The Astros first season in the American League came in 2013. It was their worst season in franchise history — they lost 111 games — but that had less to do with realignment than it did with the fact that the team was in the midst of one of the all-time tank jobs/rebuilding efforts in the game’s history. Indeed, they had lost over 100 games in their final two years in the National League as well. After one more year of losing, the Astros made the playoffs in 2015. Two years later they’d win the World Series. You basically know their story by now. It’s all worked out for them pretty dang well, all things considered.

It’s also quite possible that one day the Astros’ move to the American League will seem quaint as far as realignment goes.

Every couple of years someone floats a plan for radical realignment. The elimination of the leagues, which now exist mostly in name only, is occasionally brought up. Radical realignment plans which more closely align teams by geography get tossed around from time to time and often feel like trial balloons sent up by the league. Certainly if we see another round of expansion one day — or if either of baseball’s two stadium-challenged clubs, the Rays or A’s, move cities — a lot of shuffling will have to occur.

At present, however, the Astros move is the most recent data point in realignment. And one that still seems significant. At least to old timers like me who still sometimes have to remind themselves of the league in which they play.

PREVIOUS ENTRIES:

No. 23: The Strasburg Shutdown
No. 24: Chicken and Beer
No. 25: All-Star Game no longer counts
Honorable mention: Astros Sign Stealing Scandal

If 2020 season is cancelled, which players would be hurt the most?

Miguel Cabrera
Rich Schultz/Getty Images
1 Comment

Last week, I went over a few teams that stood to be hurt most if there were to be no 2020 season as a result of the coronavirus (COVID-19). Today, we will look at some players who may be adversely effected by a lost year.

Milestones

Players chasing milestones, especially those towards the end of their careers, would be stymied by a lost season. Tigers DH and future Hall of Famer Miguel Cabrera is the first one that comes to mind. He is 23 home runs short of joining the 500 home run club. Though he hasn’t hit more than 16 in a year since 2016, he would likely have at least hit a few this year and would have had an easier time getting there in 2021. He turns 37 years old in 10 days. Cabrera may be under contract through 2023, but it is not clear that his age and his health would allow him to play regularly such that he would be able to reach 500 home runs if the 2020 season were to be cancelled. (Cabrera is also 185 hits shy of 3,000 for his career.)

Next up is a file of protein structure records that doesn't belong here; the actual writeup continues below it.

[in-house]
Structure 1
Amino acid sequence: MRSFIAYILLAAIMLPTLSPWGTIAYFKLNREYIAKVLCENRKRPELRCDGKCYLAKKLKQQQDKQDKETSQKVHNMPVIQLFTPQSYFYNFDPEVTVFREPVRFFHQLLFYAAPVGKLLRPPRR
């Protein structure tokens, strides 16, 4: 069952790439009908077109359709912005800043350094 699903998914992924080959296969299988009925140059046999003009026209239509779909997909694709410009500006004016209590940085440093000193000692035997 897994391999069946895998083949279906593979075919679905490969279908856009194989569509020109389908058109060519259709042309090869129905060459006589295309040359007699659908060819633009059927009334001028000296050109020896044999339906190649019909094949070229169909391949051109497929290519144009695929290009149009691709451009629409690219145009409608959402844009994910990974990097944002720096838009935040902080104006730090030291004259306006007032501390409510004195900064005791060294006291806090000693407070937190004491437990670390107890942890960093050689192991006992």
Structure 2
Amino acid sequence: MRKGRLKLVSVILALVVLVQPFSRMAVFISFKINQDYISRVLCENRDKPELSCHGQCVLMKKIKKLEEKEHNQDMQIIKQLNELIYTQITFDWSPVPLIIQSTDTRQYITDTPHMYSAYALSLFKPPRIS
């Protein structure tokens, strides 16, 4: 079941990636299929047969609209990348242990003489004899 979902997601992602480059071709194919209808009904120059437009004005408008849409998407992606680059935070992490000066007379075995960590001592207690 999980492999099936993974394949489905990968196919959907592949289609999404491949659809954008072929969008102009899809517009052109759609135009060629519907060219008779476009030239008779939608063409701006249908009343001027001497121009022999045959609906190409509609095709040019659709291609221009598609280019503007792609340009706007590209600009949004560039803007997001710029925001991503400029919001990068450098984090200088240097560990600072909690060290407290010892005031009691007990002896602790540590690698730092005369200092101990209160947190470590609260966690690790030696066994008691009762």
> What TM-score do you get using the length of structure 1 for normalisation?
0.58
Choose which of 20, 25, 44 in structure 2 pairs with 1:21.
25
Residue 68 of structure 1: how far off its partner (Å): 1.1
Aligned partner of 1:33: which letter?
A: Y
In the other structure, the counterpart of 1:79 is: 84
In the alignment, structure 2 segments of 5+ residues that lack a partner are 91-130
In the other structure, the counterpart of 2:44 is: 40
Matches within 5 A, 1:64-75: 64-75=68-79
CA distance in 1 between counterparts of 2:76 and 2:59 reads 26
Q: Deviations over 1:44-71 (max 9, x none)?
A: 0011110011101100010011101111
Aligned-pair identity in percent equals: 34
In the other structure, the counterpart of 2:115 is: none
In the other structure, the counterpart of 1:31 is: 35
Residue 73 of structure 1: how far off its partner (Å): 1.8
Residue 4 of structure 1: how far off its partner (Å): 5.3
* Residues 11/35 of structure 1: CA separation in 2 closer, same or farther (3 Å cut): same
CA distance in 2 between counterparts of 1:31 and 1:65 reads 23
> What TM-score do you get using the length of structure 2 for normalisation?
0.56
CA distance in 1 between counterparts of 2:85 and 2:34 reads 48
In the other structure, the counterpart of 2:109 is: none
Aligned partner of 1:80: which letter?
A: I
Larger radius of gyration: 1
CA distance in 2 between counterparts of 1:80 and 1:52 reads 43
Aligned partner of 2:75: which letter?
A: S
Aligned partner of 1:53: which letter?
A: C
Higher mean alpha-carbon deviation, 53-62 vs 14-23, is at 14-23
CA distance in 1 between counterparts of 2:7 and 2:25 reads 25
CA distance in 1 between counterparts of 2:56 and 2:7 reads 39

Mike Trout has 285 home runs for his career. It’s almost a given that he would get to 300 and beyond in 2020. He is currently one of only 13 players with at least 250 home runs through his age-27 season. The only players with more: Álex Rodríguez (345), Jimmie Foxx (302), Eddie Mathews (299), and Ken Griffey Jr. (294). Trout likely would have also reached 1,000 runs for his career, as he is currently at 903. Losing a full season could really make a difference where he winds up on the all-time leaderboards at the end of his career.

Veteran catcher Yadier Molina will be a free agent at season’s end, though he and the Cardinals have expressed interest in a contract extension. He turns 38 this summer and is 37 hits shy of 2,000 for his career. Even if this season never happens, Molina will likely join the 2,000 hit club in 2021 whether or not he signs a multi-year extension. Molina is also 84 RBI shy of 1,000 and 21 doubles shy of 400.